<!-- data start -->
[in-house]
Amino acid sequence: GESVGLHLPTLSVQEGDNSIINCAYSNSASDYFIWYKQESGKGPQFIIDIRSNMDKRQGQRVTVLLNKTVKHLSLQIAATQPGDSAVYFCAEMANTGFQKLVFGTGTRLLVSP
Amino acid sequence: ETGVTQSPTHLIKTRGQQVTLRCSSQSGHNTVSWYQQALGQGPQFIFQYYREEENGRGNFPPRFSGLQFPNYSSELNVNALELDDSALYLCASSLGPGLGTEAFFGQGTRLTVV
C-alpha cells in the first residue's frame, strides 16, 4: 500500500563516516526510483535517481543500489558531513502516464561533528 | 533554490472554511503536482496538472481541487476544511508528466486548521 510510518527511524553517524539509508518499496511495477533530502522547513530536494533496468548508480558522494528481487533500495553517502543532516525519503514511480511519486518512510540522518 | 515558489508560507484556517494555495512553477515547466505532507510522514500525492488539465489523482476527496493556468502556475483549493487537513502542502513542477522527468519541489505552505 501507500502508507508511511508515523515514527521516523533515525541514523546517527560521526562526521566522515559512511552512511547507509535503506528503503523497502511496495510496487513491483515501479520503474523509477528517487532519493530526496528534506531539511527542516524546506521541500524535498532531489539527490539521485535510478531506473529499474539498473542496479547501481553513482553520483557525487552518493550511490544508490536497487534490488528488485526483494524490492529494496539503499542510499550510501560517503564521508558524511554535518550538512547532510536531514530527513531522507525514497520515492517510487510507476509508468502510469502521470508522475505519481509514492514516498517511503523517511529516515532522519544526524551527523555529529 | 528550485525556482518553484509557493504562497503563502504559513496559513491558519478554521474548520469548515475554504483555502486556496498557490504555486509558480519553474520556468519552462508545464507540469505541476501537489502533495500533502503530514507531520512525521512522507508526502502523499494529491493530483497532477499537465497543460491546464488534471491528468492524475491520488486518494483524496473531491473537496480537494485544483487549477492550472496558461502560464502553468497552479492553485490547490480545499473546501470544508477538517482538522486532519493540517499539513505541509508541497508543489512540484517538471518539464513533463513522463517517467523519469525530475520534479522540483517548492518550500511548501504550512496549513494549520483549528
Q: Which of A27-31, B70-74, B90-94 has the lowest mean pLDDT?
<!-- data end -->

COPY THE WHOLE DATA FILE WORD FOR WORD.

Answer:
[in-house]
Amino acid sequence: GESVGLHLPTLSVQEGDNSIINCAYSNSASDYFIWYKQESGKGPQFIIDIRSNMDKRQGQRVTVLLNKTVKHLSLQIAATQPGDSAVYFCAEMANTGFQKLVFGTGTRLLVSP
Amino acid sequence: ETGVTQSPTHLIKTRGQQVTLRCSSQSGHNTVSWYQQALGQGPQFIFQYYREEENGRGNFPPRFSGLQFPNYSSELNVNALELDDSALYLCASSLGPGLGTEAFFGQGTRLTVV
C-alpha cells in the first residue's frame, strides 16, 4: 500500500563516516526510483535517481543500489558531513502516464561533528 | 533554490472554511503536482496538472481541487476544511508528466486548521 510510518527511524553517524539509508518499496511495477533530502522547513530536494533496468548508480558522494528481487533500495553517502543532516525519503514511480511519486518512510540522518 | 515558489508560507484556517494555495512553477515547466505532507510522514500525492488539465489523482476527496493556468502556475483549493487537513502542502513542477522527468519541489505552505 501507500502508507508511511508515523515514527521516523533515525541514523546517527560521526562526521566522515559512511552512511547507509535503506528503503523497502511496495510496487513491483515501479520503474523509477528517487532519493530526496528534506531539511527542516524546506521541500524535498532531489539527490539521485535510478531506473529499474539498473542496479547501481553513482553520483557525487552518493550511490544508490536497487534490488528488485526483494524490492529494496539503499542510499550510501560517503564521508558524511554535518550538512547532510536531514530527513531522507525514497520515492517510487510507476509508468502510469502521470508522475505519481509514492514516498517511503523517511529516515532522519544526524551527523555529529 | 528550485525556482518553484509557493504562497503563502504559513496559513491558519478554521474548520469548515475554504483555502486556496498557490504555486509558480519553474520556468519552462508545464507540469505541476501537489502533495500533502503530514507531520512525521512522507508526502502523499494529491493530483497532477499537465497543460491546464488534471491528468492524475491520488486518494483524496473531491473537496480537494485544483487549477492550472496558461502560464502553468497552479492553485490547490480545499473546501470544508477538517482538522486532519493540517499539513505541509508541497508543489512540484517538471518539464513533463513522463517517467523519469525530475520534479522540483517548492518550500511548501504550512496549513494549520483549528
Q: Which of A27-31, B70-74, B90-94 has the lowest mean pLDDT?